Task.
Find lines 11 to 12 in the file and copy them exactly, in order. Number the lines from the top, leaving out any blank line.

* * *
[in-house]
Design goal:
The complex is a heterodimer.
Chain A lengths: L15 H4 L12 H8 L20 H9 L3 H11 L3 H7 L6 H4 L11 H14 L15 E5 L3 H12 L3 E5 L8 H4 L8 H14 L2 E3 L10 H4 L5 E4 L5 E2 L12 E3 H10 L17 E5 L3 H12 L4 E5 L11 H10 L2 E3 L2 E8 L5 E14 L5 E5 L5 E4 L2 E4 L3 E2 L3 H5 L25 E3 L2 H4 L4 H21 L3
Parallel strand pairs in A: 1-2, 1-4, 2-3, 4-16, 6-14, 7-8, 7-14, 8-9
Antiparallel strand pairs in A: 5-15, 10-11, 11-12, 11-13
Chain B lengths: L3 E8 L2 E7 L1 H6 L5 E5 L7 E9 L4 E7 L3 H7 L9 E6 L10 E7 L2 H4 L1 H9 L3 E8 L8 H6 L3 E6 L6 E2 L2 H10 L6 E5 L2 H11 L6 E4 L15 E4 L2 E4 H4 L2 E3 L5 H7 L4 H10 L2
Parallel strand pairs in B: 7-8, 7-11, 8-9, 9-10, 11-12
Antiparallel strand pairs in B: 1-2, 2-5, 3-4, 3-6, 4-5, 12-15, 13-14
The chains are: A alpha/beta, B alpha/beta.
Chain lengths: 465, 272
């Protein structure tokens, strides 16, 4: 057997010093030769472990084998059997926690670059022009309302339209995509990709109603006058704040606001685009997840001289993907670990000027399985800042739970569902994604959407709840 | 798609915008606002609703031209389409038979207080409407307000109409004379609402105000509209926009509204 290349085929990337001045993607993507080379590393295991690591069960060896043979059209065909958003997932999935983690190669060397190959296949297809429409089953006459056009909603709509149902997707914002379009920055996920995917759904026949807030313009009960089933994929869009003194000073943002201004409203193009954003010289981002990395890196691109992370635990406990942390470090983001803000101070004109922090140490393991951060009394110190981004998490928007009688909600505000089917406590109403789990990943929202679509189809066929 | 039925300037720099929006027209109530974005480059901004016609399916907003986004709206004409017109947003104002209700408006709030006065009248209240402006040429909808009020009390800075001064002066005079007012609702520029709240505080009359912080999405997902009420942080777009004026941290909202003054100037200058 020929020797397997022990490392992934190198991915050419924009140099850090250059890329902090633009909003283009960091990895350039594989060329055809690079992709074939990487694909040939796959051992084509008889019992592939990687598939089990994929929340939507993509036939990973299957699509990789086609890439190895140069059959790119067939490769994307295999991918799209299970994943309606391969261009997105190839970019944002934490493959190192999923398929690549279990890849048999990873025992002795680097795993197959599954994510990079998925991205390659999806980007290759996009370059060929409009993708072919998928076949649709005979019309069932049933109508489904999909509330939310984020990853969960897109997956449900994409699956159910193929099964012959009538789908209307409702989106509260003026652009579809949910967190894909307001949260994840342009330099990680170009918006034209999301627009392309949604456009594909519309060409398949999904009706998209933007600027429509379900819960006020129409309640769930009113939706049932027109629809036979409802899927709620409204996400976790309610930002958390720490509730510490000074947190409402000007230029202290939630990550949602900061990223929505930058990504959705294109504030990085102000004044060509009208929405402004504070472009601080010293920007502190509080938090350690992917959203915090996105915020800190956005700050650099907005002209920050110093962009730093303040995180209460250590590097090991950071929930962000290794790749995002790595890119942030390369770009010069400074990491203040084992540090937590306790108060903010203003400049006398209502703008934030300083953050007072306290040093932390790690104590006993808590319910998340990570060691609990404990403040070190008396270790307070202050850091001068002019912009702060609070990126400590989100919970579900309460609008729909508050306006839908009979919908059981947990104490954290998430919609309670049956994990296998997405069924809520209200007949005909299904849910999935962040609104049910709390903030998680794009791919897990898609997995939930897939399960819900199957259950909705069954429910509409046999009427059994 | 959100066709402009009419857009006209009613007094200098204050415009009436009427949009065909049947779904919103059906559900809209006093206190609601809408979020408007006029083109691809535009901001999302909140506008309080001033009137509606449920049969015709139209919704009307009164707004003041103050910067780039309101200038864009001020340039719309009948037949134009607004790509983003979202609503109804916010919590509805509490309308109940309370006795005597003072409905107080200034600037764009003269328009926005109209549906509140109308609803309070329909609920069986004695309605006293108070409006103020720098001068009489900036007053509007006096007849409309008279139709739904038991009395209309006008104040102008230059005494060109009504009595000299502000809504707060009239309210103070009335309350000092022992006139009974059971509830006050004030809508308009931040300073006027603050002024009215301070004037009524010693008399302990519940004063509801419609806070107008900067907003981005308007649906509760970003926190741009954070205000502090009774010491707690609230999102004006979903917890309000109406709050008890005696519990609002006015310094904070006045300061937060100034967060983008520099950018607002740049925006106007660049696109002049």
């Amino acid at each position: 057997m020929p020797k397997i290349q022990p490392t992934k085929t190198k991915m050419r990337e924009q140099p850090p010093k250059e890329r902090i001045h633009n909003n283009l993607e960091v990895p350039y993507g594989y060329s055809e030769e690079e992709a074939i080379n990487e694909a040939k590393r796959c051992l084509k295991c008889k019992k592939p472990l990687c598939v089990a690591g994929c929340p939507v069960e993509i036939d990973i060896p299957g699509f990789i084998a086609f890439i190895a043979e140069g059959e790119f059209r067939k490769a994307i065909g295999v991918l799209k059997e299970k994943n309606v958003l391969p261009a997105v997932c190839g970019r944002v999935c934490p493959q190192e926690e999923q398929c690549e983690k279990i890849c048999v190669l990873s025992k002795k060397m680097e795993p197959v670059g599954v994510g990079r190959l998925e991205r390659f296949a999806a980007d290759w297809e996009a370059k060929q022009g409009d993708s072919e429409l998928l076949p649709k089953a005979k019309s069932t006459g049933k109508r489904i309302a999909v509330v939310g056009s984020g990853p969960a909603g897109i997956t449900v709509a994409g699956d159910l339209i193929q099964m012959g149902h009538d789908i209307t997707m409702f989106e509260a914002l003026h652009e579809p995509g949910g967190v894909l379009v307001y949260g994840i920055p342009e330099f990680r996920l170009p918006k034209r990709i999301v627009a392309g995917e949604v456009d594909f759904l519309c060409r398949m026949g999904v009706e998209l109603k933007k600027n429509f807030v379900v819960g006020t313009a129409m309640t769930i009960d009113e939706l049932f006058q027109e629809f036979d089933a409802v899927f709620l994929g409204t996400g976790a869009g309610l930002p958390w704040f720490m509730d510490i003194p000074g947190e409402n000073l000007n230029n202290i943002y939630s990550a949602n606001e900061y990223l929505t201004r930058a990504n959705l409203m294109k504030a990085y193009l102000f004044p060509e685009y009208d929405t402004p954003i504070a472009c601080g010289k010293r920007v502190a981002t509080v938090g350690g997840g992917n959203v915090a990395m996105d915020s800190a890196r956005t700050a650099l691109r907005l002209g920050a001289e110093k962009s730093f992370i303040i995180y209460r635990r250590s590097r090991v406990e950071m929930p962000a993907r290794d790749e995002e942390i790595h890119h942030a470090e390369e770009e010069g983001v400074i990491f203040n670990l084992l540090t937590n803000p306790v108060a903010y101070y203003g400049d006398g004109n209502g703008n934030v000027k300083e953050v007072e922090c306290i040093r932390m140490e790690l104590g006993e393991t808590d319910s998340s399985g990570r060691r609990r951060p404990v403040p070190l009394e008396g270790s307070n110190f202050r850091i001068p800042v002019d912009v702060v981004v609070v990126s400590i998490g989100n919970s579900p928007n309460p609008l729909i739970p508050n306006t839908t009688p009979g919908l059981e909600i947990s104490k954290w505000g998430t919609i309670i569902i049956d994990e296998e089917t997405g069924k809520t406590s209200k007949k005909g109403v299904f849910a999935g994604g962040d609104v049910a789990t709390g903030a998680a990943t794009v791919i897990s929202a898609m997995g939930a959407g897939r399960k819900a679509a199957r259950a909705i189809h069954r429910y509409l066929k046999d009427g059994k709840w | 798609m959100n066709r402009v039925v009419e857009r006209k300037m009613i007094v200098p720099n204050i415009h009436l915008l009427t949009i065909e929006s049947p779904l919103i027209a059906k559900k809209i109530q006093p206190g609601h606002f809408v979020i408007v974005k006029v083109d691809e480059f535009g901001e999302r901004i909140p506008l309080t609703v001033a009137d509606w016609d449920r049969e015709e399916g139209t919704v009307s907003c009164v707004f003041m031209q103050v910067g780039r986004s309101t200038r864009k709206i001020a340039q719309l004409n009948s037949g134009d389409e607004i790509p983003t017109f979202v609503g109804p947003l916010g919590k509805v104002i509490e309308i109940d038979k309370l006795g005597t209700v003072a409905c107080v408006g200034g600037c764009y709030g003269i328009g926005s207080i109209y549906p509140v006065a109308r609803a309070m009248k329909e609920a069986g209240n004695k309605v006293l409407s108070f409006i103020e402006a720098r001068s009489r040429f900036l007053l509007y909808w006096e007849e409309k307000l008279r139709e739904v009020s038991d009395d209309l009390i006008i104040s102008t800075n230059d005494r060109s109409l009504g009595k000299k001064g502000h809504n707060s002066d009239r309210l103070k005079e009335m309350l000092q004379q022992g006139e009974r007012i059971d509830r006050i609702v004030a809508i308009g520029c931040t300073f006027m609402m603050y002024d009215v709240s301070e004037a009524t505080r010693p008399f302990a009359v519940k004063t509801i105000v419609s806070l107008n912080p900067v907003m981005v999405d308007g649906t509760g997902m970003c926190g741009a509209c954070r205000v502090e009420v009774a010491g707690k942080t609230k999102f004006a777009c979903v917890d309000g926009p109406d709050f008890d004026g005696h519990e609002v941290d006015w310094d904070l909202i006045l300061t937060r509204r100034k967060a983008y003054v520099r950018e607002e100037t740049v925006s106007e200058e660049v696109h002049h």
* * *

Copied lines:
Chain lengths: 465, 272
């Protein structure tokens, strides 16, 4: 057997010093030769472990084998059997926690670059022009309302339209995509990709109603006058704040606001685009997840001289993907670990000027399985800042739970569902994604959407709840 | 798609915008606002609703031209389409038979207080409407307000109409004379609402105000509209926009509204 290349085929990337001045993607993507080379590393295991690591069960060896043979059209065909958003997932999935983690190669060397190959296949297809429409089953006459056009909603709509149902997707914002379009920055996920995917759904026949807030313009009960089933994929869009003194000073943002201004409203193009954003010289981002990395890196691109992370635990406990942390470090983001803000101070004109922090140490393991951060009394110190981004998490928007009688909600505000089917406590109403789990990943929202679509189809066929 | 039925300037720099929006027209109530974005480059901004016609399916907003986004709206004409017109947003104002209700408006709030006065009248209240402006040429909808009020009390800075001064002066005079007012609702520029709240505080009359912080999405997902009420942080777009004026941290909202003054100037200058 020929020797397997022990490392992934190198991915050419924009140099850090250059890329902090633009909003283009960091990895350039594989060329055809690079992709074939990487694909040939796959051992084509008889019992592939990687598939089990994929929340939507993509036939990973299957699509990789086609890439190895140069059959790119067939490769994307295999991918799209299970994943309606391969261009997105190839970019944002934490493959190192999923398929690549279990890849048999990873025992002795680097795993197959599954994510990079998925991205390659999806980007290759996009370059060929409009993708072919998928076949649709005979019309069932049933109508489904999909509330939310984020990853969960897109997956449900994409699956159910193929099964012959009538789908209307409702989106509260003026652009579809949910967190894909307001949260994840342009330099990680170009918006034209999301627009392309949604456009594909519309060409398949999904009706998209933007600027429509379900819960006020129409309640769930009113939706049932027109629809036979409802899927709620409204996400976790309610930002958390720490509730510490000074947190409402000007230029202290939630990550949602900061990223929505930058990504959705294109504030990085102000004044060509009208929405402004504070472009601080010293920007502190509080938090350690992917959203915090996105915020800190956005700050650099907005002209920050110093962009730093303040995180209460250590590097090991950071929930962000290794790749995002790595890119942030390369770009010069400074990491203040084992540090937590306790108060903010203003400049006398209502703008934030300083953050007072306290040093932390790690104590006993808590319910998340990570060691609990404990403040070190008396270790307070202050850091001068002019912009702060609070990126400590989100919970579900309460609008729909508050306006839908009979919908059981947990104490954290998430919609309670049956994990296998997405069924809520209200007949005909299904849910999935962040609104049910709390903030998680794009791919897990898609997995939930897939399960819900199957259950909705069954429910509409046999009427059994 | 959100066709402009009419857009006209009613007094200098204050415009009436009427949009065909049947779904919103059906559900809209006093206190609601809408979020408007006029083109691809535009901001999302909140506008309080001033009137509606449920049969015709139209919704009307009164707004003041103050910067780039309101200038864009001020340039719309009948037949134009607004790509983003979202609503109804916010919590509805509490309308109940309370006795005597003072409905107080200034600037764009003269328009926005109209549906509140109308609803309070329909609920069986004695309605006293108070409006103020720098001068009489900036007053509007006096007849409309008279139709739904038991009395209309006008104040102008230059005494060109009504009595000299502000809504707060009239309210103070009335309350000092022992006139009974059971509830006050004030809508308009931040300073006027603050002024009215301070004037009524010693008399302990519940004063509801419609806070107008900067907003981005308007649906509760970003926190741009954070205000502090009774010491707690609230999102004006979903917890309000109406709050008890005696519990609002006015310094904070006045300061937060100034967060983008520099950018607002740049925006106007660049696109002049």